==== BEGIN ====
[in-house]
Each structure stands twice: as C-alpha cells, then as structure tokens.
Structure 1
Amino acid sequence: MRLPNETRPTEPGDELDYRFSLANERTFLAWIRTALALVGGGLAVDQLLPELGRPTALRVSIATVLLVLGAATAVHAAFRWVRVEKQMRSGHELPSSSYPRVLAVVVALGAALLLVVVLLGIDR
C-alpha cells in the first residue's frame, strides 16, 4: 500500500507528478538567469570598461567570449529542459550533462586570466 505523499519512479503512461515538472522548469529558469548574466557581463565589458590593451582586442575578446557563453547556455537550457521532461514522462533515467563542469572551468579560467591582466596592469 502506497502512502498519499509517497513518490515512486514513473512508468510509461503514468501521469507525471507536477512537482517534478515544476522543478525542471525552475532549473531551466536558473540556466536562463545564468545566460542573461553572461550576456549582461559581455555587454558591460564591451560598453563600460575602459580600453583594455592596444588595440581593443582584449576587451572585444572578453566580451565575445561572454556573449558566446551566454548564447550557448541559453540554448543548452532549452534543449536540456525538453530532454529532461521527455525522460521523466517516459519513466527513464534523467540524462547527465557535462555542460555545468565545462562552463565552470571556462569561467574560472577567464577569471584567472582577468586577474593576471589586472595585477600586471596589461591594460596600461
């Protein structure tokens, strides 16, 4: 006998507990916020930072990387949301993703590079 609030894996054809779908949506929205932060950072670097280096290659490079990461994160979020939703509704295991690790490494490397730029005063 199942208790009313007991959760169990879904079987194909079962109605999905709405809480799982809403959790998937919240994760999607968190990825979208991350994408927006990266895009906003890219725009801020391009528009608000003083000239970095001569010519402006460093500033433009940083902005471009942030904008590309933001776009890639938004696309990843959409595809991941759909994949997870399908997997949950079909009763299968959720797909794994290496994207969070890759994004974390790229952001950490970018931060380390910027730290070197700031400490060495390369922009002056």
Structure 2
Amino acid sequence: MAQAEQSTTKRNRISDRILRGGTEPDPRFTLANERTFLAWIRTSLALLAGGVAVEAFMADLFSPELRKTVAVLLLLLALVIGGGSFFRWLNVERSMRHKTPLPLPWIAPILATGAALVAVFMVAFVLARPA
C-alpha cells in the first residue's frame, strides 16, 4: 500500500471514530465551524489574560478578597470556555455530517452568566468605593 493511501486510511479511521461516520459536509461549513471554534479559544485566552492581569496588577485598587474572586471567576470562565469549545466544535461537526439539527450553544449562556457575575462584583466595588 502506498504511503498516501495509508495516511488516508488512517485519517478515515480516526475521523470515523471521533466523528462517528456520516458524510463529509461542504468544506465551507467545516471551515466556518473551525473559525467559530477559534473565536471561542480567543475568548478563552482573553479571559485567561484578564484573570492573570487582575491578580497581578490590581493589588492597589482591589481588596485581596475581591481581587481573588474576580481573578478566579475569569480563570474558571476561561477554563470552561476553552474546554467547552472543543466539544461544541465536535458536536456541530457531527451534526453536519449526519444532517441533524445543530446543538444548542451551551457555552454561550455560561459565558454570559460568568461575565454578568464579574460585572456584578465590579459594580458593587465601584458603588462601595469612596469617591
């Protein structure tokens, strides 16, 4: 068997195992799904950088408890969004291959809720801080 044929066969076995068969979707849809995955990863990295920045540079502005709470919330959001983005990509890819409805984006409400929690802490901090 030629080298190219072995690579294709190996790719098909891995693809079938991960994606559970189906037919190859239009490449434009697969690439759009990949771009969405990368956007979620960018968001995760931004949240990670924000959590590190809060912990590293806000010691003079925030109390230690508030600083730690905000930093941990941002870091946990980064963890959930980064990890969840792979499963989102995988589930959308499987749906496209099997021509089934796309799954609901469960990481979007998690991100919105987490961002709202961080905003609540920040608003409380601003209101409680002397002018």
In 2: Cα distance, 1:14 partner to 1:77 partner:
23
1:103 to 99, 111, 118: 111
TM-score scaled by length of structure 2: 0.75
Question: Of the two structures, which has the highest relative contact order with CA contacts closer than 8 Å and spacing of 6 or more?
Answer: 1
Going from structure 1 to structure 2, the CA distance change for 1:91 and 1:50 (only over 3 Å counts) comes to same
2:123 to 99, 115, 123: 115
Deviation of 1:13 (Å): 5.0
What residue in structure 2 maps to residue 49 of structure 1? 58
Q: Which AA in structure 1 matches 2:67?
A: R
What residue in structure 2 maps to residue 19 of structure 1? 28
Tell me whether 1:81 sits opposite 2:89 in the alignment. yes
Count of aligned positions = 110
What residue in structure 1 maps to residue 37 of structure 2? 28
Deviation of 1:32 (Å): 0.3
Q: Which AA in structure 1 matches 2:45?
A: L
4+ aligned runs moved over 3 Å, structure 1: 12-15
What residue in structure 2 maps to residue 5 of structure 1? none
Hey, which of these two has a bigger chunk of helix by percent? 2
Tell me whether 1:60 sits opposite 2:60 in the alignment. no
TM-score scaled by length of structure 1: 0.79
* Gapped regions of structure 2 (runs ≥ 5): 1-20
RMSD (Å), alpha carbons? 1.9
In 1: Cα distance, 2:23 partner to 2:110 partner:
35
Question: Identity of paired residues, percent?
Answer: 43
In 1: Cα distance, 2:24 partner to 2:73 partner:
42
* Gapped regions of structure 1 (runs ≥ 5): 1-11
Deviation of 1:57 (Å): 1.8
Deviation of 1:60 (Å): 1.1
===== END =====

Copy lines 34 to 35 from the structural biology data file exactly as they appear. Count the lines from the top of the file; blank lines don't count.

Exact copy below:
TM-score scaled by length of structure 1: 0.79
* Gapped regions of structure 2 (runs ≥ 5): 1-20